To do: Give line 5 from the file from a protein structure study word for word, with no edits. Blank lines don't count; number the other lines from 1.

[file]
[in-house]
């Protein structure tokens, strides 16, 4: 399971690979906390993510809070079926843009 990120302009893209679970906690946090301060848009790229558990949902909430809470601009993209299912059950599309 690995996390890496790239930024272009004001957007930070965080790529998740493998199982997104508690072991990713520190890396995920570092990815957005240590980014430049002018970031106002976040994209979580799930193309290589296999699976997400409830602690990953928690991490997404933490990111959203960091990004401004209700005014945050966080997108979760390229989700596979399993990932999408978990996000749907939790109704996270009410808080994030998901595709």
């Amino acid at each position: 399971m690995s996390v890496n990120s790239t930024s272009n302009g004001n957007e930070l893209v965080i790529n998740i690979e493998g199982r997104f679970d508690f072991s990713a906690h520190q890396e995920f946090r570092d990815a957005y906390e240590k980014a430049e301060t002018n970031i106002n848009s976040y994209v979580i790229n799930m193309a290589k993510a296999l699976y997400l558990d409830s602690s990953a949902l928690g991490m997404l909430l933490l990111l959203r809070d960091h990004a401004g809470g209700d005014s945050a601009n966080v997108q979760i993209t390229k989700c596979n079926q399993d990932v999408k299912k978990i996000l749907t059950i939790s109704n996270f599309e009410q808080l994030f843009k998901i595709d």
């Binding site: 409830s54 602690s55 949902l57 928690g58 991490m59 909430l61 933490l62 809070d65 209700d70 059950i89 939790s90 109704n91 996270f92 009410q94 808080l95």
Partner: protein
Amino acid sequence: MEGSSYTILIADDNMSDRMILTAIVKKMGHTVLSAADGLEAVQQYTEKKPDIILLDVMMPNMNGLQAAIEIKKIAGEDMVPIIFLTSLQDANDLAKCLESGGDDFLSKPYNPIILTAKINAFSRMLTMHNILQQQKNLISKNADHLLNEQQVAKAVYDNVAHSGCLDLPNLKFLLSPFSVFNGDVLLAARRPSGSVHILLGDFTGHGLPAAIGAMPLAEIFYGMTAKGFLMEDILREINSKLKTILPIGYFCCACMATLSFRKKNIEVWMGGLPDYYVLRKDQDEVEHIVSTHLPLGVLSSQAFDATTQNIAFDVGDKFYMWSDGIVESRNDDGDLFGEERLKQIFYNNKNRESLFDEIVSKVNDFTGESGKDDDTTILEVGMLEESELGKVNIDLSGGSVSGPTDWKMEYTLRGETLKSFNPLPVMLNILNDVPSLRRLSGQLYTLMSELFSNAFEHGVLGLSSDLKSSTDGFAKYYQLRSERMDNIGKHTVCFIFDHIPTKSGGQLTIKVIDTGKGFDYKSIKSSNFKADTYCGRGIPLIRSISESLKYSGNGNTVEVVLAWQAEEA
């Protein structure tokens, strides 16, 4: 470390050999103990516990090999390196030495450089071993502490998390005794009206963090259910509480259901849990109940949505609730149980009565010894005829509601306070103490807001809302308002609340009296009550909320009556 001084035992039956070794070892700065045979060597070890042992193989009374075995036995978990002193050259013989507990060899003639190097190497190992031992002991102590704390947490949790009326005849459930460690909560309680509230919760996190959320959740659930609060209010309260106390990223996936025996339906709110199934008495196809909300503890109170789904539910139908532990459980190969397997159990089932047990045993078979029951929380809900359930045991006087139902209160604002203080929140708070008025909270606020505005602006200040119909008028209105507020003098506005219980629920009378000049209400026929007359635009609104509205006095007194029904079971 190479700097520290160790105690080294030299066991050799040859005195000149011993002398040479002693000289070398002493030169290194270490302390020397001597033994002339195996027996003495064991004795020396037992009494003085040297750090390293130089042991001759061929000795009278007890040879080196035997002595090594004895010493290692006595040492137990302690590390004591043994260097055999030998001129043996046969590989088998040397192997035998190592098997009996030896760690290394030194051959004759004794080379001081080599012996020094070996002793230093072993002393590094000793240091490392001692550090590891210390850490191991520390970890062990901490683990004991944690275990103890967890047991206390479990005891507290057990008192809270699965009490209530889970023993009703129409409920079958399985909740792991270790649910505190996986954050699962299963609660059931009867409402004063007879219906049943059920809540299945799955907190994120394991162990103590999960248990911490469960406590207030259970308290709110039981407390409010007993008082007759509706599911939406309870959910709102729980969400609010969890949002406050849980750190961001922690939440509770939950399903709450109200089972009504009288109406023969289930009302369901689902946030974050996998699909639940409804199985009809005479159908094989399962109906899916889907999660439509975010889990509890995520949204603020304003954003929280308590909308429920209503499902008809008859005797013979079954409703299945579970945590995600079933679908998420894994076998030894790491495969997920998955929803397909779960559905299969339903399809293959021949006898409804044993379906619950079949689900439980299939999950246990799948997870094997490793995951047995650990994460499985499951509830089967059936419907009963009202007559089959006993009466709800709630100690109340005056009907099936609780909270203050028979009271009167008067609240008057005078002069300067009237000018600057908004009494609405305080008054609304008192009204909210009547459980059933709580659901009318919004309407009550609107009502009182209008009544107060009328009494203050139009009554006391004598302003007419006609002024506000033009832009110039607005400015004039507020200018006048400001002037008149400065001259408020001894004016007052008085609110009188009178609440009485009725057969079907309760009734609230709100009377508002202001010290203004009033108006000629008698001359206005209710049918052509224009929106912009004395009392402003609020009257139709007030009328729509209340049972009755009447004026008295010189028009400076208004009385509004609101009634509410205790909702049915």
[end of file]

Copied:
Partner: protein